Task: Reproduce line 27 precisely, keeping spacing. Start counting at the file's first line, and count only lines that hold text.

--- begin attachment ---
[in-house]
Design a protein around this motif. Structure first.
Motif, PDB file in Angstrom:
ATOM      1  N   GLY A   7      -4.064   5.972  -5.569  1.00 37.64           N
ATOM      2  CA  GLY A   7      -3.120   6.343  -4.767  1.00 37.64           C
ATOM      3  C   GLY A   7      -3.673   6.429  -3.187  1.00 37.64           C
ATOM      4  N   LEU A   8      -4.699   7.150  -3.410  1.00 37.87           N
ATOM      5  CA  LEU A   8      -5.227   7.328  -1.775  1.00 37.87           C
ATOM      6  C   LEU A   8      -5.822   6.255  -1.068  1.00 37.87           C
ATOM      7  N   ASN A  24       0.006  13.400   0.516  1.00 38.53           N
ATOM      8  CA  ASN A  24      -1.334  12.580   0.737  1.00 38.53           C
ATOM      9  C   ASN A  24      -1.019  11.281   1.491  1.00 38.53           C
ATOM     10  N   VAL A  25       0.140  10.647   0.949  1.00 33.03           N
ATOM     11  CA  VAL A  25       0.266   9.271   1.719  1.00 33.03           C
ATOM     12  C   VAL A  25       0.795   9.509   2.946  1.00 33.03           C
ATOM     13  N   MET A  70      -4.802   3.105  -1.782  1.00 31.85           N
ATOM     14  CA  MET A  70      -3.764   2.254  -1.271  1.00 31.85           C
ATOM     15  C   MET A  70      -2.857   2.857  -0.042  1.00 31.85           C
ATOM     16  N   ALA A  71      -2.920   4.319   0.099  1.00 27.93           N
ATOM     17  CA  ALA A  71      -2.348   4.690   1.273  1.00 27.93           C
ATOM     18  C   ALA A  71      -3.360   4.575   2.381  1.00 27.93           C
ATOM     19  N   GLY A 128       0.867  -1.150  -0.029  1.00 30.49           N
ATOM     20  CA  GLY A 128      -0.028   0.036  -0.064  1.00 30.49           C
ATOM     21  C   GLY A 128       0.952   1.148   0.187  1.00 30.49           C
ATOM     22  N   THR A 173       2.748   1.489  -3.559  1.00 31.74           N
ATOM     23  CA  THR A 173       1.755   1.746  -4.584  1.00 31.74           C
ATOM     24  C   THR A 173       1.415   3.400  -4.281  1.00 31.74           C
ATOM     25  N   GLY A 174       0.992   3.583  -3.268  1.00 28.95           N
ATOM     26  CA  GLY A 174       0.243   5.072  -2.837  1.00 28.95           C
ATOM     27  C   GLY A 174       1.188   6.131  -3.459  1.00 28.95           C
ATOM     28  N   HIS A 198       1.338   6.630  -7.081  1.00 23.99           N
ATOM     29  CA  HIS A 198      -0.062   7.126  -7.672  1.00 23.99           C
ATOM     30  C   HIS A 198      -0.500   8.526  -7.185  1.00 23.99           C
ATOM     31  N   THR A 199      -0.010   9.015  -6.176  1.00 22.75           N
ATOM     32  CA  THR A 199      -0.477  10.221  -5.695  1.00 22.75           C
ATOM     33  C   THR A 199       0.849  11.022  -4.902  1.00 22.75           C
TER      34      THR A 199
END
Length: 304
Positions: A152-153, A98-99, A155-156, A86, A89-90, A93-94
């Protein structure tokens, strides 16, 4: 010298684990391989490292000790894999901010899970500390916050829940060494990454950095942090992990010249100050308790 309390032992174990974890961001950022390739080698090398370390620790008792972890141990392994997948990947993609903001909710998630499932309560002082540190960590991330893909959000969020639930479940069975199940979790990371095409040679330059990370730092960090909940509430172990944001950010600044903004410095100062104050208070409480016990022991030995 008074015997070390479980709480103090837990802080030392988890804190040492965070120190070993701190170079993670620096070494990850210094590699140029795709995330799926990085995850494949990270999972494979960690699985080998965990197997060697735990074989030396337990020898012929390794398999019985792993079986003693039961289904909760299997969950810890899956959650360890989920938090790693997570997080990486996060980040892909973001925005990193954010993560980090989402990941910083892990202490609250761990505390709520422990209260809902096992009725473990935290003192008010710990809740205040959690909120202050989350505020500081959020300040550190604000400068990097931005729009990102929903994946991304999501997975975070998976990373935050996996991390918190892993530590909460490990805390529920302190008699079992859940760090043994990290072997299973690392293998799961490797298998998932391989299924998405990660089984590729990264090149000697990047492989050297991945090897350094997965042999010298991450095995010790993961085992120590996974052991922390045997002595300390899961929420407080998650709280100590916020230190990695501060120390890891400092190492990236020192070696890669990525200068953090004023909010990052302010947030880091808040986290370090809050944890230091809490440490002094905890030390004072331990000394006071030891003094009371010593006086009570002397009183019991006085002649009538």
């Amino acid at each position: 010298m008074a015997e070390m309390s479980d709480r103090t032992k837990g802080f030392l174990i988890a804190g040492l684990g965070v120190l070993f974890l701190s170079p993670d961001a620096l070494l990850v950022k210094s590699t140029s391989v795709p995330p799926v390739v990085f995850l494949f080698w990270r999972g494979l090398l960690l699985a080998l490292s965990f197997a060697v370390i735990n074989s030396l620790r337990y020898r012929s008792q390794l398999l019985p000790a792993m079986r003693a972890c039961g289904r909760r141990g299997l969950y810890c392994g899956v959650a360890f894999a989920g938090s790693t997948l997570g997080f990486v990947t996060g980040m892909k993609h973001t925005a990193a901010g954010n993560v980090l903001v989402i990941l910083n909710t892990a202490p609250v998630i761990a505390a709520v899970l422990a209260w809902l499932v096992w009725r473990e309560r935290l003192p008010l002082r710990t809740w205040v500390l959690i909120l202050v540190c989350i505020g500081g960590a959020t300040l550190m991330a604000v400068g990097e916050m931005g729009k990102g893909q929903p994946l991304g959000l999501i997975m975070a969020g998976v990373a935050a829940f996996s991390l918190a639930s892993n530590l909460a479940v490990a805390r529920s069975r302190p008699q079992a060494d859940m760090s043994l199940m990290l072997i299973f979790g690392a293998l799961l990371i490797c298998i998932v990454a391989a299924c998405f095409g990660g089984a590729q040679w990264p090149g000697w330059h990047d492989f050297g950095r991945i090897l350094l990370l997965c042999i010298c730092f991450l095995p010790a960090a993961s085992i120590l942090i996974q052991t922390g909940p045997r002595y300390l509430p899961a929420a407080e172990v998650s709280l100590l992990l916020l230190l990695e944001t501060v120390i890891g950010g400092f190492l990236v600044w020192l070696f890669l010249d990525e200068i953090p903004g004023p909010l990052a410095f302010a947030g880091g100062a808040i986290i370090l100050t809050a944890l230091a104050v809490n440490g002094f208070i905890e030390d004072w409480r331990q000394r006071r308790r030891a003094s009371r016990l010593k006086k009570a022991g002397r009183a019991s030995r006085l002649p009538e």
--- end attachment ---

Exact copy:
ATOM     24  C   THR A 173       1.415   3.400  -4.281  1.00 31.74           C